While Matthew McConaughey explores the idea of running for governor of Texas next year, the leader of the state's Democratic Party said they would embrace the celebrity candidate with open arms.
Gilberto Hinojosa, the chair of the Texas Democratic Party, told Politico on Monday that their party would "welcome him" if he ultimately decided to run.
"He's young, good-looking, smart and has a little wildness — but this is Texas," Hinojosa said. "We like that stuff."
McConaughey, 51, has repeatedly teased the idea that he'll run for governor in 2022, against incumbent Gov. Greg Abbott, a Republican.
Politico reported that the Dallas Buyers Club star has also been privately making calls to influential political figures in the state to test the waters.
"He has not reached out to the party that I know of," Hinojosa told the outlet. "It's absolutely up in the air."
Hinojosa told TMZ last month that he believes the Academy Award-winning actor could beat Abbott, who was first elected in 2014.
Cindy Ord/Getty Matthew McConaughey
McConaughey has spoken out more and more about politics in recent months surrounding the 2020 election, but has remained remarkably neutral and provided voters with a flavorless political profile.
"I don't get politics," McConaughey told Stephen Colbert on The Late Show last November. "Politics seems to be a broken business. Politics needs to redefine its purpose."
Nonetheless, the Oscar winner said in March that running for governor is "a true consideration."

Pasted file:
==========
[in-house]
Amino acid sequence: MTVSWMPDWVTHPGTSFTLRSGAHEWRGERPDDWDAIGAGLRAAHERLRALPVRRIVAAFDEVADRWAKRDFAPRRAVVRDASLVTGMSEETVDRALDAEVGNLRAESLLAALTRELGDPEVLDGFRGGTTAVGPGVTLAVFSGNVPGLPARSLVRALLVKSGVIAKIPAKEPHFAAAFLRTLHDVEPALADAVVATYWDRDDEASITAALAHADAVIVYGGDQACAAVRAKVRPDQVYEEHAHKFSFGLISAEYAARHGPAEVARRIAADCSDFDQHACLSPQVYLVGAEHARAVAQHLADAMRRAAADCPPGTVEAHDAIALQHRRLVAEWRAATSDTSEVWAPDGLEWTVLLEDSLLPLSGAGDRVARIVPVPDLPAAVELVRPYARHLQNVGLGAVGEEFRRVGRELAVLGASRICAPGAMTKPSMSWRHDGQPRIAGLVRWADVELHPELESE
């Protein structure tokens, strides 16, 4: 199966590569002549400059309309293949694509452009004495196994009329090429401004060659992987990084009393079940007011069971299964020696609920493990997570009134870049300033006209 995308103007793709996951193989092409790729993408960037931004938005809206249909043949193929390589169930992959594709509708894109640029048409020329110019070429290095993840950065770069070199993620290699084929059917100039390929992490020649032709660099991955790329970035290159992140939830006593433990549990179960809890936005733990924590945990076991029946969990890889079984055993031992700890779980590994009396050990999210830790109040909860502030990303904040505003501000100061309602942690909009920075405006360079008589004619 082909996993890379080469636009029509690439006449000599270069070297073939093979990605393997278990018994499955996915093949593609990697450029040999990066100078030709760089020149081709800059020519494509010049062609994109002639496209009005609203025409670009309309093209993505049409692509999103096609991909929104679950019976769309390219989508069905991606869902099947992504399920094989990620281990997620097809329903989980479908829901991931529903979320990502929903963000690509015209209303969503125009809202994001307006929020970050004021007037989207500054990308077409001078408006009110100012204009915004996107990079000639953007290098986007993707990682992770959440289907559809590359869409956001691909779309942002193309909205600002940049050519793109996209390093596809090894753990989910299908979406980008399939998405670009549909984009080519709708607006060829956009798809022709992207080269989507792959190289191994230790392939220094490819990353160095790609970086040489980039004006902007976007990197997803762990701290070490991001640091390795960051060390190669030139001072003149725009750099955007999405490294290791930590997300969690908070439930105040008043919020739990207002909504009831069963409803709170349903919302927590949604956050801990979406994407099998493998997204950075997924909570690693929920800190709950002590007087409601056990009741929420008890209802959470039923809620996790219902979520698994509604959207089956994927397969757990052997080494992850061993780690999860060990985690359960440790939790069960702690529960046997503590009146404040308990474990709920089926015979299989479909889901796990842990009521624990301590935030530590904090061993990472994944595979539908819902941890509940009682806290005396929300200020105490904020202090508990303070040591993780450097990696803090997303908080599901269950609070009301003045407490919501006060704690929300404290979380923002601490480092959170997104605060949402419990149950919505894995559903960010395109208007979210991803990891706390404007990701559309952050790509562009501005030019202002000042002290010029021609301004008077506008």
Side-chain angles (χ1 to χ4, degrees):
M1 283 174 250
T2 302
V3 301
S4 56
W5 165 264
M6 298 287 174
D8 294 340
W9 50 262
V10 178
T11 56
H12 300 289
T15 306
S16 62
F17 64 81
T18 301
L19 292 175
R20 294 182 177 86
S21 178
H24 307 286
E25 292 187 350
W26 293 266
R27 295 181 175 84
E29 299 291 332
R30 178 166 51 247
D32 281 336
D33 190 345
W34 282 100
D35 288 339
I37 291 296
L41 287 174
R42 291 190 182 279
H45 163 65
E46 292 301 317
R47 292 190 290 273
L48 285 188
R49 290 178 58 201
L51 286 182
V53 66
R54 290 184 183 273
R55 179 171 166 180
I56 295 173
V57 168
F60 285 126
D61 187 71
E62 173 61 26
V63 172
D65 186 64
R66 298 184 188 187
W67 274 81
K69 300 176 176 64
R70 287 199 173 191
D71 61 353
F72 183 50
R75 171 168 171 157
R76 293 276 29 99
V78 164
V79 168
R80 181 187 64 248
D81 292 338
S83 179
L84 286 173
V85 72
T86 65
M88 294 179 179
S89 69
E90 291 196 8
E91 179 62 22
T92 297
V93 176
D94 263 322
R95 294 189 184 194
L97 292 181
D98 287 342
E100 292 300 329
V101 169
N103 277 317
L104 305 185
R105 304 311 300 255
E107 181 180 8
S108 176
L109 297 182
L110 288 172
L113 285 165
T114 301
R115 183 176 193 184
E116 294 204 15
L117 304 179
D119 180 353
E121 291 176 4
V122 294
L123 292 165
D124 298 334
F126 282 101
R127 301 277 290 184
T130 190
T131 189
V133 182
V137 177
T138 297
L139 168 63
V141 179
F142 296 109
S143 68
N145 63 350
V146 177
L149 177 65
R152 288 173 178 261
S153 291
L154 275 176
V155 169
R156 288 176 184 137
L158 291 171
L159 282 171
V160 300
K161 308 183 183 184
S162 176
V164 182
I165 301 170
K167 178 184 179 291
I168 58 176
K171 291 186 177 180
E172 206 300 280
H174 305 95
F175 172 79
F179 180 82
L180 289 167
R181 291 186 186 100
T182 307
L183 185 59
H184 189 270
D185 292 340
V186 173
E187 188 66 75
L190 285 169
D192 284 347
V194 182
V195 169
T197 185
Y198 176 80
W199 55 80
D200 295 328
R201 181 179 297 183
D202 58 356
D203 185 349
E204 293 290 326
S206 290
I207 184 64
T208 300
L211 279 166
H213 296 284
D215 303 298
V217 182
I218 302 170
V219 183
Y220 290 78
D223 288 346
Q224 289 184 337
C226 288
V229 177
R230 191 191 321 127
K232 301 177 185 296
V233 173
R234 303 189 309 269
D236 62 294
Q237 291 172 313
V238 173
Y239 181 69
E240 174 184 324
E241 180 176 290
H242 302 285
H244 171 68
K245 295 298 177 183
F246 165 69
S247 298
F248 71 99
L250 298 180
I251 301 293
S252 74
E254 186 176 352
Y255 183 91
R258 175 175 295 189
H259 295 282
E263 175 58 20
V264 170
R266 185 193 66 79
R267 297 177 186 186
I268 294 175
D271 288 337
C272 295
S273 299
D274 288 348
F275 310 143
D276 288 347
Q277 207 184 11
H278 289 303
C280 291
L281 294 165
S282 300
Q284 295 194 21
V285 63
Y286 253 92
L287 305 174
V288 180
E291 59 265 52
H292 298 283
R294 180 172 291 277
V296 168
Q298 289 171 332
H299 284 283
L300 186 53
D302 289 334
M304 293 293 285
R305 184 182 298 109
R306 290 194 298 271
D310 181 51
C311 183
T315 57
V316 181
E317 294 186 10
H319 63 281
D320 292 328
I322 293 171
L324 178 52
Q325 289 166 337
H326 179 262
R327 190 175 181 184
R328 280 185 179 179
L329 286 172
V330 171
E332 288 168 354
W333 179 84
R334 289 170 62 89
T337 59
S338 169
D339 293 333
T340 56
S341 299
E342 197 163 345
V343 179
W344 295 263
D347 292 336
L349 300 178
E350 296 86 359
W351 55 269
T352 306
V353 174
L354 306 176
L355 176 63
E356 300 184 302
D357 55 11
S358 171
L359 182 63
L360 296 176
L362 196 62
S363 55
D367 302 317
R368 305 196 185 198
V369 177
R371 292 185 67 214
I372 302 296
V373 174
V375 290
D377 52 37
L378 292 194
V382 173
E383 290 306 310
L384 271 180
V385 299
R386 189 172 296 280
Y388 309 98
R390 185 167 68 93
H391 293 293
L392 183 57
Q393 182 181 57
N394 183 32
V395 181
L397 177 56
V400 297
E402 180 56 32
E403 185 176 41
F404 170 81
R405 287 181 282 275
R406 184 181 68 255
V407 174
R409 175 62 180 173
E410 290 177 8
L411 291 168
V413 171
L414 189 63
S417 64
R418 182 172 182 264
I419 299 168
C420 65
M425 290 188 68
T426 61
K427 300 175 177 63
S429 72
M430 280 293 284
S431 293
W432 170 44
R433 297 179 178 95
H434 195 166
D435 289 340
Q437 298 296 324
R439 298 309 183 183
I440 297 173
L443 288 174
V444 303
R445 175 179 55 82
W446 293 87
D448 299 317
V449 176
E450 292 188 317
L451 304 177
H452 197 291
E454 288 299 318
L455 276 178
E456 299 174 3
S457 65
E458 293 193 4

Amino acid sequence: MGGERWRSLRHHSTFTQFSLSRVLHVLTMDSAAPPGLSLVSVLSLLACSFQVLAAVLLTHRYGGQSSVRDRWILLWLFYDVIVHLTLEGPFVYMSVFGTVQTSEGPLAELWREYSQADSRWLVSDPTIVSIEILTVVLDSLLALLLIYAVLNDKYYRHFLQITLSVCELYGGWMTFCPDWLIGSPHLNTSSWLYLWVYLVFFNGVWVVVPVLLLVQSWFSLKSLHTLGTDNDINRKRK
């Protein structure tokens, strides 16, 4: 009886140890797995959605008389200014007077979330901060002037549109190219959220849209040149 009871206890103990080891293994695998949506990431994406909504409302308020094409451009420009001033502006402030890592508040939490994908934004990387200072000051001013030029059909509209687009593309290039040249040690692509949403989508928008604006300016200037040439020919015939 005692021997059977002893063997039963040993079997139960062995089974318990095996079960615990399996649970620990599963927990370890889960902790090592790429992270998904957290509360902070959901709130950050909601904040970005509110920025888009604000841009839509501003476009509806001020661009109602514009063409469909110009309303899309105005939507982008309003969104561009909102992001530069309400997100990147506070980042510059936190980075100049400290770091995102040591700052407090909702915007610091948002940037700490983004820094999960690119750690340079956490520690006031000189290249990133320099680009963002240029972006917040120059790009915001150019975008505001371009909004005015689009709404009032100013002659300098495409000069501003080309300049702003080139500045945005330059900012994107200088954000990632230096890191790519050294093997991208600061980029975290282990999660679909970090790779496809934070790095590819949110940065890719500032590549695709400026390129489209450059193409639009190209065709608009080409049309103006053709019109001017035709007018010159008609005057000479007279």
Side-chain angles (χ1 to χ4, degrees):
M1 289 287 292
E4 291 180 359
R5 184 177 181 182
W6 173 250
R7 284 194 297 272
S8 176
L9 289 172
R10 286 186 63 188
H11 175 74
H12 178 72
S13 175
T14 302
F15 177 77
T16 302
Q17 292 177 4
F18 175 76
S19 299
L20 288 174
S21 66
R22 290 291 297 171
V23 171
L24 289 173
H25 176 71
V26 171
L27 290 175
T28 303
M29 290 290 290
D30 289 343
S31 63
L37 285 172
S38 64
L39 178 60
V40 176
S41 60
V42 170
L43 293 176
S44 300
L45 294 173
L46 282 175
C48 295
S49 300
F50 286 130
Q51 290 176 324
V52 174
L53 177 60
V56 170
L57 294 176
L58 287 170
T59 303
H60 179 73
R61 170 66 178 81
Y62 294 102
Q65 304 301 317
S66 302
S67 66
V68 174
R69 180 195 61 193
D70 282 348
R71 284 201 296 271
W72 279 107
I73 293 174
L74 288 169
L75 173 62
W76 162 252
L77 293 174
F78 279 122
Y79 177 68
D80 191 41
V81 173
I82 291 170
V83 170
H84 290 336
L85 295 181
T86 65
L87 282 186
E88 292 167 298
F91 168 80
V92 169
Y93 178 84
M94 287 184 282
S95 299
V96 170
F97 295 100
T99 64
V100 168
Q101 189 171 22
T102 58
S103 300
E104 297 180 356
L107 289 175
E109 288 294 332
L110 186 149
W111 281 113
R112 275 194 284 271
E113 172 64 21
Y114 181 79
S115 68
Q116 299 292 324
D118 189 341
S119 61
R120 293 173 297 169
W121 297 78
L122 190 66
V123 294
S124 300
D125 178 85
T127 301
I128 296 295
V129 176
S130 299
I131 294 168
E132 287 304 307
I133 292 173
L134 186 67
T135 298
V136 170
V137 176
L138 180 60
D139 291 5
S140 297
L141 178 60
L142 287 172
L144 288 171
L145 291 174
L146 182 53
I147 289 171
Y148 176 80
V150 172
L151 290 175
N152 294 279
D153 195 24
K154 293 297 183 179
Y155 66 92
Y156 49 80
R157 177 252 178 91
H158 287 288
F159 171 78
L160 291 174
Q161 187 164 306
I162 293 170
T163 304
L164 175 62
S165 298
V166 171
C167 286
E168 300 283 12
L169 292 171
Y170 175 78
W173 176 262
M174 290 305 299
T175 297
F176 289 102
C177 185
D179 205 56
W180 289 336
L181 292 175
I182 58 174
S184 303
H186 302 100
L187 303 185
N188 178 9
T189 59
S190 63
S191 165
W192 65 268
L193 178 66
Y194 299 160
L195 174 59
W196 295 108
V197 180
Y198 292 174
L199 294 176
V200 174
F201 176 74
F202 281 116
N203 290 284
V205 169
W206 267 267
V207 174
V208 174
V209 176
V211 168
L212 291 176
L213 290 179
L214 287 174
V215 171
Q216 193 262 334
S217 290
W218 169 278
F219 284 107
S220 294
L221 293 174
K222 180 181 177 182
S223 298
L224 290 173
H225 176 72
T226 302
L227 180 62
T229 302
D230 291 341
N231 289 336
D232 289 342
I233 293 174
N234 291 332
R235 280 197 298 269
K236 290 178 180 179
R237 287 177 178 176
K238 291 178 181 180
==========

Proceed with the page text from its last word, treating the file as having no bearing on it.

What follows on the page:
"I'm looking into now again, 'what is my leadership role?' " McConaughey told The Balanced Voice podcast. "Because I do think I have some things to teach and share. What is my role, what is my category in my next chapter of life that I'm going into now?"
Despite the actor's shrugging interest in holding office, his open consideration for a run has gained national headlines and attention from the biggest name in Texas politics.
Noam Galai/Getty Matthew McConaughey
McConaughey hasn't signaled yet whether he'd run as a Republican, Democrat or as an independent — if he decided to throw his hat in the ring.
In December, McConaughey sounded off on both "the extreme left and the extreme right" during an appearance on Fox News radio, while previously telling the network that he'd describe himself as "aggressively centric."
In November, the actor would not tell Fox News who he was voting for in the 2020 election, saying: "I've thought about it and I'm keeping that to myself."
McConaughey has become a popular figure in Texas.
The actor's alma mater, the University of Texas, named him the school's "Minister of Culture" and brought him on as a professor in the college of communications.
He and wife Camila Alves still live in Austin, Texas, and have taken on a number of humanitarian projects — including their "just keep livin" foundation, which helped aid local residents impacted by February's deadly winter storm.